Updated: Jan 7, 2022
“The United States shall guarantee to every State in this Union a Republican Form of government…”[i]
That is the mandate, U.S. Const. art. IV, § 4, for the federal government to insure that state and local governments derive their authority from the people. The people are sovereign. James Madison in the Federalist Papers #39 said specifically “Power is derived from the great body of the society, not from an inconsiderable portion or a favored class of it.”[ii]
Madison foresaw that states are vulnerable to corruption and would create undemocratic institutions, motivated by sinister designs, by intrigue, and by corruption. The process is to first get the votes to be elected, and then to betray the interests of the people in pursuit of a an autocratic agenda. That corruption will inevitably spread to the Federal level: “[A]n unrepublican state government might tend to undermine the republican character of the federal government, whose own institutions would rest largely on state-law pillars. For example, a warped state government might corrupt the integrity of that state’s elections to the federal House, Senate, and electoral college.[iii] As Republican state legislators implement a multitude of restrictions on voting, it is happening today.
What would we say if leaders of a country, in a short time, did all of the following
Rigged rules so they could never lose elections;
engaged in rampant corruption;
changed public laws to make it harder for voters and parties who opposed them to win elections;
undermined other elected offices which are designed to play independent roles in elections;
undermined the independence of their courts;
directly defied the outcomes of referenda;
took steps to question the results of recent elections;
cracked down on protests;
censored the teaching of history to whitewash some of its worst elements,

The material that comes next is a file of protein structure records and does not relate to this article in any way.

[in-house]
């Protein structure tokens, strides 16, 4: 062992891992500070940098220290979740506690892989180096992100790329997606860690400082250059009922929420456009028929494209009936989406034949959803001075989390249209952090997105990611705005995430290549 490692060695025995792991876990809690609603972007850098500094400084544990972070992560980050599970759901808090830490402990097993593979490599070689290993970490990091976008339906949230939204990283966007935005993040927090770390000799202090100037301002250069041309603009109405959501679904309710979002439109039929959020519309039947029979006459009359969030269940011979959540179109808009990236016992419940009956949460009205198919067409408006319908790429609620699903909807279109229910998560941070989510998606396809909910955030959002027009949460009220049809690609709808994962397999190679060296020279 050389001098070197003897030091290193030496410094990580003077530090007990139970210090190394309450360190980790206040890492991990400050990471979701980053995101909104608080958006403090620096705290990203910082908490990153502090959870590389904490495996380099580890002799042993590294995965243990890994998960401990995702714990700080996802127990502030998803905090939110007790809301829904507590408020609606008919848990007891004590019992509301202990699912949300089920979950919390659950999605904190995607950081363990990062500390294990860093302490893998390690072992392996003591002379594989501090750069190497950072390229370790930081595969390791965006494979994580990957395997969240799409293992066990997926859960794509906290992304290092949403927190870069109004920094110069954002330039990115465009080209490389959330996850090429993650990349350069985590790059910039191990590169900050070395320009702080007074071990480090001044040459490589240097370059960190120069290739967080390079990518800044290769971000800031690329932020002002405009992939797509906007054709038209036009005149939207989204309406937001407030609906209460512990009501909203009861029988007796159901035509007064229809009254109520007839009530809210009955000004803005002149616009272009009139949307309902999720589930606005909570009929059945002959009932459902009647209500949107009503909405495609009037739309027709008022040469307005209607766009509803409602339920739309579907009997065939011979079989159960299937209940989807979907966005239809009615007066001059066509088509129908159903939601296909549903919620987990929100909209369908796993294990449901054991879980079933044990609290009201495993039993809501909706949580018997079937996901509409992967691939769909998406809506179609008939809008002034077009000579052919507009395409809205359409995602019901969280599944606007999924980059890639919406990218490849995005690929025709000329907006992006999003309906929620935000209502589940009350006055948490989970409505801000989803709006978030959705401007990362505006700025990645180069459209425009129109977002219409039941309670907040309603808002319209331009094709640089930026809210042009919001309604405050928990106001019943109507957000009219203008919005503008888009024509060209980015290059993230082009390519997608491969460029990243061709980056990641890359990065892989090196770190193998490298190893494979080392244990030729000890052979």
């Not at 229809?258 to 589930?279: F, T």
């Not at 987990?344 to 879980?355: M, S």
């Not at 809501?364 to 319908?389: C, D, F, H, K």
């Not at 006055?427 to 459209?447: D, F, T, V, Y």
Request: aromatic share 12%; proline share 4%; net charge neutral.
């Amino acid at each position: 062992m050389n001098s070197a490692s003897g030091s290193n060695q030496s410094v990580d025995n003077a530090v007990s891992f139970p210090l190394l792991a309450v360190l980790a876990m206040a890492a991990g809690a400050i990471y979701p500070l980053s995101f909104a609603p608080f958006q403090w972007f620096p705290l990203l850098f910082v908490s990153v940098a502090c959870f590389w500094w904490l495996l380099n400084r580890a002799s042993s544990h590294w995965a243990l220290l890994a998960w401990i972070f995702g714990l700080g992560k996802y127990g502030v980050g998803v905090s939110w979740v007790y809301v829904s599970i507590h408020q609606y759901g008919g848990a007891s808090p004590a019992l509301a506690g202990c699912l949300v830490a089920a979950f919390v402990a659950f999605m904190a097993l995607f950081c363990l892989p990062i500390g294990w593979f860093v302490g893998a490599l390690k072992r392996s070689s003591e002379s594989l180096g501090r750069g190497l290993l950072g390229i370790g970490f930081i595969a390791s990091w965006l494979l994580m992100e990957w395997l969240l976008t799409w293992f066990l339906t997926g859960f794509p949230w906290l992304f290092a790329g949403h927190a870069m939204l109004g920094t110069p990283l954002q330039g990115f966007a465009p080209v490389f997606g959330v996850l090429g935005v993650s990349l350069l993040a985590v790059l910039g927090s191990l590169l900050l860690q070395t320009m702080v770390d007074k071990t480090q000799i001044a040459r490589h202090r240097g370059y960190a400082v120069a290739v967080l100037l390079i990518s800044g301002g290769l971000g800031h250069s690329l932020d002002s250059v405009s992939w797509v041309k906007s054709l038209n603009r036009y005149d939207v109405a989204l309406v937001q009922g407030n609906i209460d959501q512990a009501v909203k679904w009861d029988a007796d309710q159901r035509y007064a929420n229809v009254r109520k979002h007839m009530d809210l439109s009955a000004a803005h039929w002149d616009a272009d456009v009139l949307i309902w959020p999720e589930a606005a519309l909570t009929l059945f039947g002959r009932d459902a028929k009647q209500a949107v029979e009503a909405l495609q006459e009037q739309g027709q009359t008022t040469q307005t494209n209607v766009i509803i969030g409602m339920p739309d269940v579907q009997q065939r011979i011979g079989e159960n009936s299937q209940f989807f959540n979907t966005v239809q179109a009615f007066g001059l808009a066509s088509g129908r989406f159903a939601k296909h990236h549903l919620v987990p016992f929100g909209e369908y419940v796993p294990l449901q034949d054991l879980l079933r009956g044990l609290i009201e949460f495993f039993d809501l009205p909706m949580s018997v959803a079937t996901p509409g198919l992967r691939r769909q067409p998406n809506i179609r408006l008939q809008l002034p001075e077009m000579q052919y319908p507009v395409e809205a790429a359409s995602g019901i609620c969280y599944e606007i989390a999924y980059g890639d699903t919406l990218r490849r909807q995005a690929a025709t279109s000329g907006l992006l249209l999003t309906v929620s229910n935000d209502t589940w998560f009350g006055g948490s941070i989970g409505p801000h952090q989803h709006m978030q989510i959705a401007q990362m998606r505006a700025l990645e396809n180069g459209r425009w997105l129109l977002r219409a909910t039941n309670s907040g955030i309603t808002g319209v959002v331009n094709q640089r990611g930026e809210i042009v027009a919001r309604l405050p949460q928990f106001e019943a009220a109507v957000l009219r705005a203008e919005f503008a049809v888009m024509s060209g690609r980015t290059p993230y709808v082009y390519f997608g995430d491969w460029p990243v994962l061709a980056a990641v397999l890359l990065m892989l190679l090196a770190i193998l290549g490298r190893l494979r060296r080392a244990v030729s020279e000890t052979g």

relentlessly attacked independent media?
How would we react if groups of oligarchs drafted legislation in private and then handed it to politicians (who couldn’t lose elections) to enact, and they did so again and again?
We wouldn’t simply describe these steps narrowly, as attacks on various individual rights. We would say, far more loudly and with greater concern, that the country in question was abandoning democracy. That they were becoming an autocracy. And here we are.
The fight against spreading authoritarianism and autocracy.
So, we have to re-apply our pro-democracy mission throughout Ohio, and into state after state. We must call it what it is: a fight for democracy. We start by recognizing that Ohio’s statehouse and many others, no longer meet even the most generous definition of a “Republican Form” of government; that, to use Madison’s words, “aristocratic…innovations” have walled them off from accountability to “the great body of the society,” placing them at odds with the will of their own citizens on issue after issue, and achieving the multiple risks the Founders described. Not just to the states and their own citizens, but to the entire national endeavor. We must take steps to take back the democracy that Madison and the Founders constructed for us, so that even though “[t]he influence of factious leaders may kindle a flame within their particular States, it will be unable to spread a general conflagration through the other States.” [iv]
The following is a summary of the steps described by former Ohio Democratic Party Chairman David Pepper. He necessarily points out that our fight for democracy must be carried out at the national, state and local levels. So…What To Do?